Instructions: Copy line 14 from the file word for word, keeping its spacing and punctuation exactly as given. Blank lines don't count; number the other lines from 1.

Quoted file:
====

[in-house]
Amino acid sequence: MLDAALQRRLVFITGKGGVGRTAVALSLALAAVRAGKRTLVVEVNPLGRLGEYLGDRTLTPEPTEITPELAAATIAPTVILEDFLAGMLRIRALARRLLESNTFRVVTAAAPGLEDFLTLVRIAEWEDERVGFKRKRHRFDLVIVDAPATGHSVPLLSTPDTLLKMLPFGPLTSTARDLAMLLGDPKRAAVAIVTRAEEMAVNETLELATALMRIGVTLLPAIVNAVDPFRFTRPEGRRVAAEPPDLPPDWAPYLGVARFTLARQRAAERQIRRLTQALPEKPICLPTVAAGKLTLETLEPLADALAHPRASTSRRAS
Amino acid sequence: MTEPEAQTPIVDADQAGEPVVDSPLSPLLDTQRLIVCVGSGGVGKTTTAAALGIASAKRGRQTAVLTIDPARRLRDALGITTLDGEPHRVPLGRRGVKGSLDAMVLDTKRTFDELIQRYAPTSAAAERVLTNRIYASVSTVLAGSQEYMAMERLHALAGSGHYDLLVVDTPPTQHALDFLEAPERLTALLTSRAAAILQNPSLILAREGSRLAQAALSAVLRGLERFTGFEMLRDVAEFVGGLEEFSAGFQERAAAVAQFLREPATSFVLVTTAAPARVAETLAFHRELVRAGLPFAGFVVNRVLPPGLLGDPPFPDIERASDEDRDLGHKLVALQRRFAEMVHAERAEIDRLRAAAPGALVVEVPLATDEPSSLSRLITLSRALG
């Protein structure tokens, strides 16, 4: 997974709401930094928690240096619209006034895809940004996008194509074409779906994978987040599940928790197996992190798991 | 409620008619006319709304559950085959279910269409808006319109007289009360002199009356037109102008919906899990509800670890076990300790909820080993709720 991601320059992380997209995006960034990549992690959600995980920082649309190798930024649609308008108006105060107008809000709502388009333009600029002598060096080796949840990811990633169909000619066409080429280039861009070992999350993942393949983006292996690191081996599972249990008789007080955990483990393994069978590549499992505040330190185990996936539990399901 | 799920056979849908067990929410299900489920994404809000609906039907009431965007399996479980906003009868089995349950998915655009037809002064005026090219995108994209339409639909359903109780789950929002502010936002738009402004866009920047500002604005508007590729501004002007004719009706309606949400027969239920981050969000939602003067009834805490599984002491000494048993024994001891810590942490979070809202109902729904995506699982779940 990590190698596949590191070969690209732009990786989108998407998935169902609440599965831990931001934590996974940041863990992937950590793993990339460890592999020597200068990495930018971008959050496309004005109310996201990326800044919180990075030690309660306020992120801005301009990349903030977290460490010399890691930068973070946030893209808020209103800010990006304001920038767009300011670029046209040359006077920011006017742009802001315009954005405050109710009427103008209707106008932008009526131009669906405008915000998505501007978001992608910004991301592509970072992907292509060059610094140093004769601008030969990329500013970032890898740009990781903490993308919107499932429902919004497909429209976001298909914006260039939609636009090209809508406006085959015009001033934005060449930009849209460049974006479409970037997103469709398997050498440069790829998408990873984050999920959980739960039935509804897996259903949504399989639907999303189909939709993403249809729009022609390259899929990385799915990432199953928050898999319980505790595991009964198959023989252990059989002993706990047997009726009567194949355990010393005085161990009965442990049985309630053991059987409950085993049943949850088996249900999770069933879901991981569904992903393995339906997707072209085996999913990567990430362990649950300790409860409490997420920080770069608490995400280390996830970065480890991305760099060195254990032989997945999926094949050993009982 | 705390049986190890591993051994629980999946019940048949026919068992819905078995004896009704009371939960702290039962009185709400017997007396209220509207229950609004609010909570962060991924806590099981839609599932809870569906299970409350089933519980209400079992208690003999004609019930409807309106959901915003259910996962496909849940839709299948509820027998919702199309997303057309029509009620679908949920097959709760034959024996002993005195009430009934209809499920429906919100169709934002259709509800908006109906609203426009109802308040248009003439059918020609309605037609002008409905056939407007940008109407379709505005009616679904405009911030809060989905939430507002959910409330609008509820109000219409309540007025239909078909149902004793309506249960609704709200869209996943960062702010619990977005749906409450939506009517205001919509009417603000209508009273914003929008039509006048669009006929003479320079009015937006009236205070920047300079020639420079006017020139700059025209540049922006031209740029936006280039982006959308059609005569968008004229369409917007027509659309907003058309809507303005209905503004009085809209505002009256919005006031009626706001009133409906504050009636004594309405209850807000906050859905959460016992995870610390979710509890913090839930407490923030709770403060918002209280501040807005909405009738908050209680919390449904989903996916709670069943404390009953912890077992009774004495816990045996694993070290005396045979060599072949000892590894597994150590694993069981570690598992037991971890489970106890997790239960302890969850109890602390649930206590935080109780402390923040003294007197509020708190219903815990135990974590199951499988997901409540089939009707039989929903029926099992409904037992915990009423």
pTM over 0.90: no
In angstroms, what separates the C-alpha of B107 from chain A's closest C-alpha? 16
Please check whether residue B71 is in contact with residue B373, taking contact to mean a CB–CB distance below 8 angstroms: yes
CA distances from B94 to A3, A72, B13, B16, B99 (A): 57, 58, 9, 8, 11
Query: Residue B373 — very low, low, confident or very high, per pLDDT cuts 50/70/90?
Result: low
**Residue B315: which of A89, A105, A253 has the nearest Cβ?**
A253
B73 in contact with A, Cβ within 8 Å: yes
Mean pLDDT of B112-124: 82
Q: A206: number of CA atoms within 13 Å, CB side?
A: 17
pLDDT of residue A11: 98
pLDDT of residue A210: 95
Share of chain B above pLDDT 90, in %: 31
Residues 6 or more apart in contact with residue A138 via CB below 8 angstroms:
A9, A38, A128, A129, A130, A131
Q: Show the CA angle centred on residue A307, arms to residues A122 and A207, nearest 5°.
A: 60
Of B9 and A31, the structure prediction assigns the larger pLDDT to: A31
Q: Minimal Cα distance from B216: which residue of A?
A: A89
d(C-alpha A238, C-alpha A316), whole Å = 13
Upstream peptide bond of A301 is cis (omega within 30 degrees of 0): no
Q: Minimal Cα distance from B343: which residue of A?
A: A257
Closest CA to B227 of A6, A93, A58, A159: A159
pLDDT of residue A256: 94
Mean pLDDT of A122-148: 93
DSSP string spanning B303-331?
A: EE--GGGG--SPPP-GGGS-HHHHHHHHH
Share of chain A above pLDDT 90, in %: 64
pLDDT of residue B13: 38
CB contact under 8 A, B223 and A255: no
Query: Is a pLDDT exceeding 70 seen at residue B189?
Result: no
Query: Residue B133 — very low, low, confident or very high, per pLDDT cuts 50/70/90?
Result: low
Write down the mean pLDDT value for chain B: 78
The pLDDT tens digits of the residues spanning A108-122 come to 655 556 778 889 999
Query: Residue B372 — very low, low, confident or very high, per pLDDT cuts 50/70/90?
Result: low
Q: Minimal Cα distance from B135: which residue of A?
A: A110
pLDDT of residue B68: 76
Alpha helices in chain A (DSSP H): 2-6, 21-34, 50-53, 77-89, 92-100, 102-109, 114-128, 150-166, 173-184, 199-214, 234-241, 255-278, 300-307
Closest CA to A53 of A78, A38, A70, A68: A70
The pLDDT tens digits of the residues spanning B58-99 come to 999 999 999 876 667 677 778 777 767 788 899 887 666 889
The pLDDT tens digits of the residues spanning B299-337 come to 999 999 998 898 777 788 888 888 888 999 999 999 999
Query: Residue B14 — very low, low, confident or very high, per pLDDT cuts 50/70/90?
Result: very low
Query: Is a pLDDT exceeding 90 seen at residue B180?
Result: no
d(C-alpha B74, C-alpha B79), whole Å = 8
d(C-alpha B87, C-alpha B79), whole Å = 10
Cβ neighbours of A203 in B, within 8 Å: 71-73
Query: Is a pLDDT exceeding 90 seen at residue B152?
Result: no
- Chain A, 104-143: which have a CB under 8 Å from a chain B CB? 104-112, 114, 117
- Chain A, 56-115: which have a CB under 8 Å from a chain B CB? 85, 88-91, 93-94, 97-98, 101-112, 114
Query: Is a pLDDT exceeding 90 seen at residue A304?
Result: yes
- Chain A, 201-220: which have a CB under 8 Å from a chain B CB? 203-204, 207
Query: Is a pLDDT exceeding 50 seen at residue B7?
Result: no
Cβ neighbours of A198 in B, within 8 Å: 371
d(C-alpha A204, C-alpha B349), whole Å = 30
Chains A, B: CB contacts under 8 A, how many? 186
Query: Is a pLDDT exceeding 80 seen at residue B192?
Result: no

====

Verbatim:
Mean pLDDT of B112-124: 82